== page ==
Diplomatically Dressed to the 9s...
- the 1950s, when HM Queen Elizabeth first came to the throne in the decade's nipped in waists (how tiny is the royal waist in this lovely lacy Hardy Amies ensemble from 1953??);
- the shorter skirts & diaphanous fabrics of her younger sister, Princess Margaret, during the 1960s & 70s;
- and the sparkly, shoulderpadded signature look of Diana, Princess of Wales during the 80s.
For FASHION RULES: Dress from the collections of HM The Queen, Princess Margaret and Diana, Princess of Wales at Kensington Palace, gowns galore plus film & photos will fill five rooms, exploring how these women reflected the style and trends of the day while at the same time negotiating the style rules of the royal wardrobe. Dresses for HRH by Hardy Amies and Norman Hartnell illustrate the use of pale hues to not only stand out, but allow for the wearing of insignia and when worn abroad, to reference the host country, such as a Hartnell creation fashioned in the colors of the flag of Pakistan, where it was first worn. Princess Margaret had a tad more wiggle room in her sartorial choices, not only literally (starting with the boxier silhouette of the 60s) but in term of the times as well; the 60s weren't dubbed "swinging" for no good reason. And later during the 80s, the People's Princess not only enthusiastically followed fashion, but was herself much imitated; so much so, she is credited with almost singlehanded helping revive the then-flagging British fashion industry.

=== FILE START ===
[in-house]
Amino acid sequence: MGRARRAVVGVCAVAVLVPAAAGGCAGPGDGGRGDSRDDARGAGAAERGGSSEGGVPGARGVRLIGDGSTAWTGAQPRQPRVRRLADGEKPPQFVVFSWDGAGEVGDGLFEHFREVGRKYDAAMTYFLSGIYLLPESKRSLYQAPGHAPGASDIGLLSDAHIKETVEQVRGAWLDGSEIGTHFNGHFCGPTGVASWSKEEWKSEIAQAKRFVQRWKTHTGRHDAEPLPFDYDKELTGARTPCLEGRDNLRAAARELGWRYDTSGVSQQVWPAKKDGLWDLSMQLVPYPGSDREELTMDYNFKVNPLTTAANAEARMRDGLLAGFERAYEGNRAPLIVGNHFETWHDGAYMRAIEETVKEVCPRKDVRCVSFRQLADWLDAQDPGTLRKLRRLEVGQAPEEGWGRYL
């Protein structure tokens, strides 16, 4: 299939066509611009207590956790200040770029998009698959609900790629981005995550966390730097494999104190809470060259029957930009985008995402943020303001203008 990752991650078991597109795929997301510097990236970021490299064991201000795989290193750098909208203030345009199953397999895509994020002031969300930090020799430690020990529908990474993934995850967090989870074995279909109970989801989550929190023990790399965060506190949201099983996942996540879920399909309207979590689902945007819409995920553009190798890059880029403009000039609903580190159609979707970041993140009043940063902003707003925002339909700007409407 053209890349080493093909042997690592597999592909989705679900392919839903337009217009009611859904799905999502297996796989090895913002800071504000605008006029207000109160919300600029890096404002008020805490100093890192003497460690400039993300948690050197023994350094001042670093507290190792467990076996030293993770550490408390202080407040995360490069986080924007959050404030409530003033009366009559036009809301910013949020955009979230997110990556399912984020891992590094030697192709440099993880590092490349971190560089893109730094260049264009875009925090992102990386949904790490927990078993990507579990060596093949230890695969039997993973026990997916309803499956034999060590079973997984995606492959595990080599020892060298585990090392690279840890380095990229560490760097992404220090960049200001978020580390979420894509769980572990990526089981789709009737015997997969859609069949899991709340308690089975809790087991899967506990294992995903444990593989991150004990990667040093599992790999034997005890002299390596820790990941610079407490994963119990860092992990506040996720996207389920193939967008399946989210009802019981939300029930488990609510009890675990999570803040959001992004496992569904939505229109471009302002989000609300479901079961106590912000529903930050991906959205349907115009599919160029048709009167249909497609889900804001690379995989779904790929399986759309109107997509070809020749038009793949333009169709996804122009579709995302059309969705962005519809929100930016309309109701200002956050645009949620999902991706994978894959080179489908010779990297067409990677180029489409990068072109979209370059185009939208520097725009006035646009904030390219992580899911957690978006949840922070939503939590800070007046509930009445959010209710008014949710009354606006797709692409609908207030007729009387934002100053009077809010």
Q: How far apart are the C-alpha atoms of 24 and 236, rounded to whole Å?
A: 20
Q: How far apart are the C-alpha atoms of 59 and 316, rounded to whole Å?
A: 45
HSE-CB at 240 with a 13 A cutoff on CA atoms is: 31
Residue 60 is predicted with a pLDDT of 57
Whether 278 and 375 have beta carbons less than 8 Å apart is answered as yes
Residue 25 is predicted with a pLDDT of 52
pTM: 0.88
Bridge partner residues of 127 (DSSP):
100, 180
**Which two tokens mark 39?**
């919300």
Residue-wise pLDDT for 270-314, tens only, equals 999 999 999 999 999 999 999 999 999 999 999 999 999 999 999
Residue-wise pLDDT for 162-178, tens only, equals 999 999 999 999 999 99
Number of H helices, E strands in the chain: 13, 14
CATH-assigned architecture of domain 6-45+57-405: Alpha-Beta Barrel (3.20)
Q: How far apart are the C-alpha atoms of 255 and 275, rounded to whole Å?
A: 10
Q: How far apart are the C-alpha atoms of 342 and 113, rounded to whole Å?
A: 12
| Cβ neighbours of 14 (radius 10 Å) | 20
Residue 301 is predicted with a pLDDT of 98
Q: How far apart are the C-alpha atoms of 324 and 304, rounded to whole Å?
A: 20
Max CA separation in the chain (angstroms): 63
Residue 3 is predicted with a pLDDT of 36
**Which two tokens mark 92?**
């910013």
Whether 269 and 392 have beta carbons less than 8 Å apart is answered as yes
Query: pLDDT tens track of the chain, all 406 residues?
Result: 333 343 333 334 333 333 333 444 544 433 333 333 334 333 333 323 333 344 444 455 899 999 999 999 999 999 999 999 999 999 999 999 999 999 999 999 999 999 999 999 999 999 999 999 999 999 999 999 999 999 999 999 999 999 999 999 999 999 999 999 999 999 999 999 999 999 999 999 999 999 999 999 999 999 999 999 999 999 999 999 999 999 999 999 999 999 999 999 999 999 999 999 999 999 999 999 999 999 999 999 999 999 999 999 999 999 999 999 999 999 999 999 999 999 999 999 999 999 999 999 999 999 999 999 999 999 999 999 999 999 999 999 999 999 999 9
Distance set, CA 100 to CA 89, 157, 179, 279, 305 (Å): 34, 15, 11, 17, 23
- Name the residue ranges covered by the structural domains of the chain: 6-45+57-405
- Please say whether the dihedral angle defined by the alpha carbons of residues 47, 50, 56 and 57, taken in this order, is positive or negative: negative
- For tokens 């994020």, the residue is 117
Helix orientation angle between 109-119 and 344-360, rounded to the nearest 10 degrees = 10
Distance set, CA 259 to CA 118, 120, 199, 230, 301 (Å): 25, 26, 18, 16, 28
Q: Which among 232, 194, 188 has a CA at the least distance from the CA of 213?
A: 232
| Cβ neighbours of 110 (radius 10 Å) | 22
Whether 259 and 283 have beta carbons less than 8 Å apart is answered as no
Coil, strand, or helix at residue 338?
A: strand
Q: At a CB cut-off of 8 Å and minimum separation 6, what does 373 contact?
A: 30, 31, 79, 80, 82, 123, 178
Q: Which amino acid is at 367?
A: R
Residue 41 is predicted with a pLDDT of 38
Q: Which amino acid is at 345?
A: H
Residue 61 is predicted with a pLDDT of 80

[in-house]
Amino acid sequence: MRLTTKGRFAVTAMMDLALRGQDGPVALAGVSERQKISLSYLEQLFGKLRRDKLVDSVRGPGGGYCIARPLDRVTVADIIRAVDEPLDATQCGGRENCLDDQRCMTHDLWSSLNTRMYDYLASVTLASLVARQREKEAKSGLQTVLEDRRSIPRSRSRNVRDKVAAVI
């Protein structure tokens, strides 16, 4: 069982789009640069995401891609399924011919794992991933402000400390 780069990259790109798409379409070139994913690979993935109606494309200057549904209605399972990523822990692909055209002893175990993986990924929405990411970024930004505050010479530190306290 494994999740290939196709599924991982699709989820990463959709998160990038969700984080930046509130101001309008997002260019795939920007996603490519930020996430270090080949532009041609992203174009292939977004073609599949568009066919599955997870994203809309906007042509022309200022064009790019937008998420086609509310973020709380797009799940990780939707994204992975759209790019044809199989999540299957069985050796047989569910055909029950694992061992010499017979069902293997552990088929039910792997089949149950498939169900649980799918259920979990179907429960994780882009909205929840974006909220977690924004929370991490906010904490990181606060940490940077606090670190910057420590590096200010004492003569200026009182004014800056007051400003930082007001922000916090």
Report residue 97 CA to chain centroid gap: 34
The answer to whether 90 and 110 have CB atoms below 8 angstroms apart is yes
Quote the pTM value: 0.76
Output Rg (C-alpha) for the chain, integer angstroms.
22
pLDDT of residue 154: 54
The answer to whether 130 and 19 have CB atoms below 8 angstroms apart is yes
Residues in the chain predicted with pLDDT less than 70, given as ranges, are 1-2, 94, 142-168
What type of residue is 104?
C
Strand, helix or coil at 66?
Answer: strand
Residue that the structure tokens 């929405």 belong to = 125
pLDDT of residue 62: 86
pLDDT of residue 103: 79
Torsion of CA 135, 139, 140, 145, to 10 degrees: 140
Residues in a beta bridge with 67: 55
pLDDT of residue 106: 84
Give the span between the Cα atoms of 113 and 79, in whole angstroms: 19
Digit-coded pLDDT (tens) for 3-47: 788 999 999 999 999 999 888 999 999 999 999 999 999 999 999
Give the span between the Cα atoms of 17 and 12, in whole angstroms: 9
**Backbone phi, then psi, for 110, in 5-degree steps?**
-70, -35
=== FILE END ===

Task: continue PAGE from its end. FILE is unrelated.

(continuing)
HIghlights of FASHION RULES include a stunning apricot silk gown (on show for the first time years), a purple Dior evening gown worn by Princess Margaret for the Silver Jubilee celebrations, Mary Quant-inspired minis, a kaftan (left) and ivory turban crafted from sari silk, a dropped-waist ballerina-length dance dress in blue by Jacques Azagury (below) and Murray Arbeid's midnight-blue strapless evening gown with dramatic fish-tail skirt.
"The exhibition completes the story of 20th century monarchy at Kensington Palace," add the exhibition's curator, Cassie Davies-Strodder. "The Palace is a magical setting to celebrate these modern royal women in their fashion heyday, providing a rare opportunity to get up close to these wonderful dresses and be transported to the times in which they were worn."
FASHION RULES will be on display beginning July 4, 2013.
- Lesley Scott